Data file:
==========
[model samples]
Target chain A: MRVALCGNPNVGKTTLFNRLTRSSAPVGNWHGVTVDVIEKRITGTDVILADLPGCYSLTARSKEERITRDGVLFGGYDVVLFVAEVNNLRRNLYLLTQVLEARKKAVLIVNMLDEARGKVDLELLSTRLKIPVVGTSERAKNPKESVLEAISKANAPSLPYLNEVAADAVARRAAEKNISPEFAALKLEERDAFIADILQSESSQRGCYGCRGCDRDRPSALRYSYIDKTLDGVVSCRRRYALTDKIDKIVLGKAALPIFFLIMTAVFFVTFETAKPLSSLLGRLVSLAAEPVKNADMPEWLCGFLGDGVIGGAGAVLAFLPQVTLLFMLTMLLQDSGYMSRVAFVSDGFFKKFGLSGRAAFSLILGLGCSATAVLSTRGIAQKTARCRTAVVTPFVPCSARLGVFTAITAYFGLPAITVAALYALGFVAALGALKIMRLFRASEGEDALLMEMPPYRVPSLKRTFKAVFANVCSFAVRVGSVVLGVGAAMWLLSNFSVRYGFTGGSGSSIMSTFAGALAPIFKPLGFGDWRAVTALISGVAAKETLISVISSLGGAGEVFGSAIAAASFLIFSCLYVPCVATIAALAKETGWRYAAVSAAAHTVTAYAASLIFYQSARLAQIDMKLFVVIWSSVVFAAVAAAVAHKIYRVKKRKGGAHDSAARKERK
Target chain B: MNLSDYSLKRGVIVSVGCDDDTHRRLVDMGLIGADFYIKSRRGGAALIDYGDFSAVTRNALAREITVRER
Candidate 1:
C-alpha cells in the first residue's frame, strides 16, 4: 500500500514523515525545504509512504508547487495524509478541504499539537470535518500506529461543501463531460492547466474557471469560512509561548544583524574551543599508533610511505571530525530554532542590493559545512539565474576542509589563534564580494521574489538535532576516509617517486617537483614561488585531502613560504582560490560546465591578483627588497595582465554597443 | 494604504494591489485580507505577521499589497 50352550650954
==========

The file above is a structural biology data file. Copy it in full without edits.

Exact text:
[model samples]
Target chain A: MRVALCGNPNVGKTTLFNRLTRSSAPVGNWHGVTVDVIEKRITGTDVILADLPGCYSLTARSKEERITRDGVLFGGYDVVLFVAEVNNLRRNLYLLTQVLEARKKAVLIVNMLDEARGKVDLELLSTRLKIPVVGTSERAKNPKESVLEAISKANAPSLPYLNEVAADAVARRAAEKNISPEFAALKLEERDAFIADILQSESSQRGCYGCRGCDRDRPSALRYSYIDKTLDGVVSCRRRYALTDKIDKIVLGKAALPIFFLIMTAVFFVTFETAKPLSSLLGRLVSLAAEPVKNADMPEWLCGFLGDGVIGGAGAVLAFLPQVTLLFMLTMLLQDSGYMSRVAFVSDGFFKKFGLSGRAAFSLILGLGCSATAVLSTRGIAQKTARCRTAVVTPFVPCSARLGVFTAITAYFGLPAITVAALYALGFVAALGALKIMRLFRASEGEDALLMEMPPYRVPSLKRTFKAVFANVCSFAVRVGSVVLGVGAAMWLLSNFSVRYGFTGGSGSSIMSTFAGALAPIFKPLGFGDWRAVTALISGVAAKETLISVISSLGGAGEVFGSAIAAASFLIFSCLYVPCVATIAALAKETGWRYAAVSAAAHTVTAYAASLIFYQSARLAQIDMKLFVVIWSSVVFAAVAAAVAHKIYRVKKRKGGAHDSAARKERK
Target chain B: MNLSDYSLKRGVIVSVGCDDDTHRRLVDMGLIGADFYIKSRRGGAALIDYGDFSAVTRNALAREITVRER
Candidate 1:
C-alpha cells in the first residue's frame, strides 16, 4: 500500500514523515525545504509512504508547487495524509478541504499539537470535518500506529461543501463531460492547466474557471469560512509561548544583524574551543599508533610511505571530525530554532542590493559545512539565474576542509589563534564580494521574489538535532576516509617517486617537483614561488585531502613560504582560490560546465591578483627588497595582465554597443 | 494604504494591489485580507505577521499589497 50352550650954